George Osborne positioned himself as a reforming Chancellor in his Spending Review 2103 today. However, the detail of the review itself suggests slow incrementalism rather than radical reform. Current departmental spending (‘resource DEL’) will be slightly less in cash terms in 2017-18 than it is in 2013-14 – a real terms cut. So the state will be spending less on services. This is to be expected given the economic and fiscal environment. However, what is remarkable is that the state will still look very similar in 2018 to the state George Osborne inherited in 2010.
The austerity agenda has been clear. The reform agenda is far less so. The state is meaner (though not much smaller as a consequence of increased interest payments) but it is still the same fundamental machine that it was in 2010. This is missing a big trick – fundamental reform would mean that there is much greater impact on growth, jobs, business, and services even in a tight fiscal environment.
The Chancellor has tentatively engaged in reform in a few areas but in a very underwhelming fashion:
i) Health and social care budgets are to be further merged – but only £3.8billion of a combined budget well in excess of £100billion.
ii) Local spending on growth is to be brought into a ‘single pot’ – but only £2billion of such spending (jobs, skills, regeneration, business support, infrastructure, innovation) when Michael Heseltine suggested a £49billion single pot to be distributed locally and sub-regionally in his growth review. By merging these budgets in this way, real local innovation through networked provision could be unleashed with the pot driving better collaboration. The last government’s Total Place strategy outlined how, in Leicester and Leicestershire, there were 450 face-to-face access points for service users, 65 call centres, all at a cost of £15 million per year.
iii) The welfare measures of a seven day job search period prior to receiving benefits and additional job interviews while claiming benefits are worth a few hundred million of savings. Yet, the myriad of welfare to work and skills investment schemes remain fragmented. The major reform of the system is the Universal Credit which is a tidying up exercise as much as anything else. Again, the Total Place strategy found 120 projects or programmes delivered by 50 providers across 12 funding streams to help people into work in… Lewisham.
iv) The Whitehall structure – leaner and meaner for sure – is almost exactly the same as when the Coalition came into office, albeit with an addition of an Office of the Deputy Prime Minister. Do we really need four separate departments of transport, business/innovation/skills, environment and climate change, and environment, food, and rural affairs? Surely education should be brought together with adult skills and higher education? Is there really no scope for merging the Foreign Office and International Development? And why do we still have separate Welsh, Northern Irish and Scottish offices?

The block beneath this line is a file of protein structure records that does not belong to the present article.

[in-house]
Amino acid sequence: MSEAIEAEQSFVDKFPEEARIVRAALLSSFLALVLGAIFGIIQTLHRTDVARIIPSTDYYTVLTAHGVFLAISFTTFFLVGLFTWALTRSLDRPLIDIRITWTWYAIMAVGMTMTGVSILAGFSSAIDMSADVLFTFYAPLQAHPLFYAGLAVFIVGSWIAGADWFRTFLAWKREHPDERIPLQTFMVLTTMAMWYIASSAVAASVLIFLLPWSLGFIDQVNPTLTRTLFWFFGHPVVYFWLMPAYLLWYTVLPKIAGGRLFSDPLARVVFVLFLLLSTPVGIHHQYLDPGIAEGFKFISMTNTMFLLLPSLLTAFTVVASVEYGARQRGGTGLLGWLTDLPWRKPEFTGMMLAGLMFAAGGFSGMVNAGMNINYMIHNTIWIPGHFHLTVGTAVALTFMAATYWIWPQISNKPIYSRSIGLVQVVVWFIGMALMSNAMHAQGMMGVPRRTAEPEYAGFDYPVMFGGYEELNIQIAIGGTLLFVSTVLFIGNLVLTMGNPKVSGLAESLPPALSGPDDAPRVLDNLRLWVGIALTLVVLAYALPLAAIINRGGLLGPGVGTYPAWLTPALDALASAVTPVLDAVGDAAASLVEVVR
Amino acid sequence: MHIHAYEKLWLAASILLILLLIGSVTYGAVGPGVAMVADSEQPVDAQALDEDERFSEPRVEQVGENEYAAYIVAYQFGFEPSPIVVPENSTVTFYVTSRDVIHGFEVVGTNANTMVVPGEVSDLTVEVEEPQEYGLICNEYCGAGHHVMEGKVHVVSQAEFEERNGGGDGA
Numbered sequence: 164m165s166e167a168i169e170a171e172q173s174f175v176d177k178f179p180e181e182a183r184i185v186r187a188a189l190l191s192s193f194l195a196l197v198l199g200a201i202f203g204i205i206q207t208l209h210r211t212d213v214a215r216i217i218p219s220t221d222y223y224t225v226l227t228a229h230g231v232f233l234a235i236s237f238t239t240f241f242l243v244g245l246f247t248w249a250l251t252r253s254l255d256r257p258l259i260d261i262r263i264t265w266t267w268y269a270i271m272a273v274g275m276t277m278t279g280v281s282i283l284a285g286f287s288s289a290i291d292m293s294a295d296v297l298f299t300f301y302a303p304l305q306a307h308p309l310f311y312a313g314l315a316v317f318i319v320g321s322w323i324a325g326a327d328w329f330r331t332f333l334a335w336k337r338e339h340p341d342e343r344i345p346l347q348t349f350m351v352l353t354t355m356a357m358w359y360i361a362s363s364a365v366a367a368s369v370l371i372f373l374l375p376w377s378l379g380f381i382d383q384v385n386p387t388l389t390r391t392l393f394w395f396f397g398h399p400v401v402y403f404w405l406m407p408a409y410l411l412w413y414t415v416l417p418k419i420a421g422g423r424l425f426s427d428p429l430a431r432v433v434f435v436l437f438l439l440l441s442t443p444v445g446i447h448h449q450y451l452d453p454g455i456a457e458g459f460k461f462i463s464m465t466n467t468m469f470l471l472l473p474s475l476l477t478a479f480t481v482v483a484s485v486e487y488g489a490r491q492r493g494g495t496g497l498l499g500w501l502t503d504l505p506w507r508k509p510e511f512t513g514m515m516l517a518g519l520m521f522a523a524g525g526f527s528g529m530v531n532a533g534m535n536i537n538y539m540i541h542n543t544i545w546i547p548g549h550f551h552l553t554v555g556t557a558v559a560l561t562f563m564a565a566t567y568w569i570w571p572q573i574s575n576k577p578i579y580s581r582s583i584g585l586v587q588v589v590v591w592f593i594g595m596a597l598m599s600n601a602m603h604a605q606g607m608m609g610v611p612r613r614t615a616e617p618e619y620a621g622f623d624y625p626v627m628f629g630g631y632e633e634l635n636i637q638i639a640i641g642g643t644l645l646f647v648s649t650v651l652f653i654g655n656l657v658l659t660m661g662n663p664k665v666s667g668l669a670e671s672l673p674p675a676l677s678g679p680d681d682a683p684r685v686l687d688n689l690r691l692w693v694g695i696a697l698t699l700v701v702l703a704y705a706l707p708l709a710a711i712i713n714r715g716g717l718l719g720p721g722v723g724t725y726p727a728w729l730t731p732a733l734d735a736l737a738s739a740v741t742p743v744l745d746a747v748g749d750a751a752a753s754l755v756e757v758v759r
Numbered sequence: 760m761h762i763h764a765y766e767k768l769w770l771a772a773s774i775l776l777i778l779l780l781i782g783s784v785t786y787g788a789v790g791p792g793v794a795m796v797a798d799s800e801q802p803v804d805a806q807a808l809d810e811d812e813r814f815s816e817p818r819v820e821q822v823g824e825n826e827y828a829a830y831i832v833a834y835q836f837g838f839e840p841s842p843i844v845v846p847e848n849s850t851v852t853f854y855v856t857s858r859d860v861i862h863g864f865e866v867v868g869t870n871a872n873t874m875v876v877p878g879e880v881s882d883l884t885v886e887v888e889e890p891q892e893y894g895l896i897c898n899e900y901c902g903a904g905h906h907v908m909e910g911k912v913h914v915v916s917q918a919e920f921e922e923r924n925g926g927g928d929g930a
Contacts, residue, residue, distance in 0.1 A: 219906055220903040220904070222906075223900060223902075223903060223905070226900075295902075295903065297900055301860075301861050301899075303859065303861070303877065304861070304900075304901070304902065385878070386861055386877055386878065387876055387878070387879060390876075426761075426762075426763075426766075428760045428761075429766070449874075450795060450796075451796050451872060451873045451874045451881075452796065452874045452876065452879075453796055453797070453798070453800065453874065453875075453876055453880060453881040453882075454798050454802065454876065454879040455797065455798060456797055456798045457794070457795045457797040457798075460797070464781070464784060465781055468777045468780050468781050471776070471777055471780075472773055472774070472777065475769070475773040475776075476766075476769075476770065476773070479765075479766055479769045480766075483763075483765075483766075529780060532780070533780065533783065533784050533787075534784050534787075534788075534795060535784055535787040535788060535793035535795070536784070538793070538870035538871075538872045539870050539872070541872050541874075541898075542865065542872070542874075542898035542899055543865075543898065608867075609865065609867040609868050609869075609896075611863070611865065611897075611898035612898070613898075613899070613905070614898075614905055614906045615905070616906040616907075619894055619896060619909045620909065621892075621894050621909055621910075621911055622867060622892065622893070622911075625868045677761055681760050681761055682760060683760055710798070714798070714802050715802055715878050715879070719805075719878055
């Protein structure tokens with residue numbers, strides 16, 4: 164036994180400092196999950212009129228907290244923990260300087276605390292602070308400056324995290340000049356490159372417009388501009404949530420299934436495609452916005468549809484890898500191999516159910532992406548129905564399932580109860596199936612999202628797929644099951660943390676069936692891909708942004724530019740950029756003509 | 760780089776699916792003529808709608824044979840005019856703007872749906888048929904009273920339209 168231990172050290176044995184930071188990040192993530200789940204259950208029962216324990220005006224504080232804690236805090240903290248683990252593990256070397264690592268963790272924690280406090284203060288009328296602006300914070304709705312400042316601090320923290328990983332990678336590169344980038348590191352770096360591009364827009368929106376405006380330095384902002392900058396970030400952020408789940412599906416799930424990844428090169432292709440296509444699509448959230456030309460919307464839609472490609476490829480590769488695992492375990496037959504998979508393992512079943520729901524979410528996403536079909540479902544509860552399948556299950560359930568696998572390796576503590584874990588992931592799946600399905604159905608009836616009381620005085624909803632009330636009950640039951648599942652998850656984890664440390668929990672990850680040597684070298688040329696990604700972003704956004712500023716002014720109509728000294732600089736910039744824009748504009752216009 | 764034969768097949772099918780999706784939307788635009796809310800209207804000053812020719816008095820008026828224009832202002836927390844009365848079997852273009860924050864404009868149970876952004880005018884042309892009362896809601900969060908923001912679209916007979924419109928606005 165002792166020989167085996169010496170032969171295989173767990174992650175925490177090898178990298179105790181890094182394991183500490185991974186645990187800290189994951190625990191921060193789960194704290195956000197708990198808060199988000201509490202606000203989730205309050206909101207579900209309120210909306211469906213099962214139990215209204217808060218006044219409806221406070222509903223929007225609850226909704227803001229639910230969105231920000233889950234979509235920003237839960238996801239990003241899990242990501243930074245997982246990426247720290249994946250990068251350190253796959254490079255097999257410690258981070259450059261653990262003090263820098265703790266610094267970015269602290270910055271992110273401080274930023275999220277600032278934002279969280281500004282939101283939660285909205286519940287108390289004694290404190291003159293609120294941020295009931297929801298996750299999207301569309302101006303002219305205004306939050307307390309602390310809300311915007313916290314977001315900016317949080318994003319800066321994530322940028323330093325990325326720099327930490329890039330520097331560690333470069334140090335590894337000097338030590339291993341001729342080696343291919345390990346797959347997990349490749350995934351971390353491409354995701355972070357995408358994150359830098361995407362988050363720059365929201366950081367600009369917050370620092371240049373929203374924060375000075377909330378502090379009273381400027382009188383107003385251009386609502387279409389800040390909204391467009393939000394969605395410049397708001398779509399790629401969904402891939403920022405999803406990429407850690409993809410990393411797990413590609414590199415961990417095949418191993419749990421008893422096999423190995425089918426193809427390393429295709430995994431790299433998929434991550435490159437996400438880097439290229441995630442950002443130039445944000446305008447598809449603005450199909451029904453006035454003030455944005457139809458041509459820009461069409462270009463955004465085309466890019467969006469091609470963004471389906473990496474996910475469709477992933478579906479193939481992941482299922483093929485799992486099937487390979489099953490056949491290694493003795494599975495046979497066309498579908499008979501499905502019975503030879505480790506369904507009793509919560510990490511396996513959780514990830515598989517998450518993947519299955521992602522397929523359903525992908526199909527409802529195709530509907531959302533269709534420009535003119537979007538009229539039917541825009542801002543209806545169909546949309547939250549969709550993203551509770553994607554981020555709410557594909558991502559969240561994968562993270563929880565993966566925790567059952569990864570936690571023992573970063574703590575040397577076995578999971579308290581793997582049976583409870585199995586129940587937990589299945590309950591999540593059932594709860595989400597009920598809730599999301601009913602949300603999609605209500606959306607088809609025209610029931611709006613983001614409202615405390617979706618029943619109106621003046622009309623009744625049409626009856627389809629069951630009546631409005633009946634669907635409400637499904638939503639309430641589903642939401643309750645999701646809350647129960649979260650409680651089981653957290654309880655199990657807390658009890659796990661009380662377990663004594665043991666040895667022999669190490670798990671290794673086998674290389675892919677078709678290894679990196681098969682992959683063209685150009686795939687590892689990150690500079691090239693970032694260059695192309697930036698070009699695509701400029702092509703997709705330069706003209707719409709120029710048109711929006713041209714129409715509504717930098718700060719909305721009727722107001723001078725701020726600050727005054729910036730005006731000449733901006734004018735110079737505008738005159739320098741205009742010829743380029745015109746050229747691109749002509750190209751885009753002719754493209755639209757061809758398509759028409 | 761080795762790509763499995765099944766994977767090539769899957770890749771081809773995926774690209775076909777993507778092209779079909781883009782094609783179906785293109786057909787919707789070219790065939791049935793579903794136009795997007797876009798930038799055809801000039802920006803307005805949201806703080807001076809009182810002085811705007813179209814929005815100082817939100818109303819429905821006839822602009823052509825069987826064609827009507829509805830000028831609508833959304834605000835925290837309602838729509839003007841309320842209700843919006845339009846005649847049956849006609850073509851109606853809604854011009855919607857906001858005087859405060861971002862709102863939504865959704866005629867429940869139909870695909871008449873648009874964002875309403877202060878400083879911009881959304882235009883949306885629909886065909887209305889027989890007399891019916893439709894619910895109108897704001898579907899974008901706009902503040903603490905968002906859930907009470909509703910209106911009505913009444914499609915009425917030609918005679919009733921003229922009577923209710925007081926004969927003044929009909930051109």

None of this is a debate about austerity. It is a debate about effectiveness. There is a sense that the Chancellor has got more efficiency out of the system and spending squeezes have driven that. However, he has not gone for the sort of fundamental structural reform that could unleash even greater value for £750billion or so of public spending.
I’ll leave others to debate the growth and fairness impacts of this Spending Review - the Chancellor's two other stated objectives. On the reform front, this Spending Review has fallen a long way short as have the various previous financial, fiscal and economic statements.
With the notable exception of health and social care where Labour does seem to be willing to be bolder in merging budgets as a driver for fundamental reform, Labour has also chosen to focus on the fiscal envelope rather than reform. There is an open political opportunity here for anyone who wants to take it. But it will mean central government letting go. That is clearly a scary prospect. Both parties talk reform, localism, and 'bang for buck' but no-one has yet been willing to bite the bullet. That means unnecessary waste and blunted impact - this compunds the negative impact of the fiscal and economic environment.
Anthony Painter is Director, Independent review of the Police Federation. His twitter feed is @anthonypainter.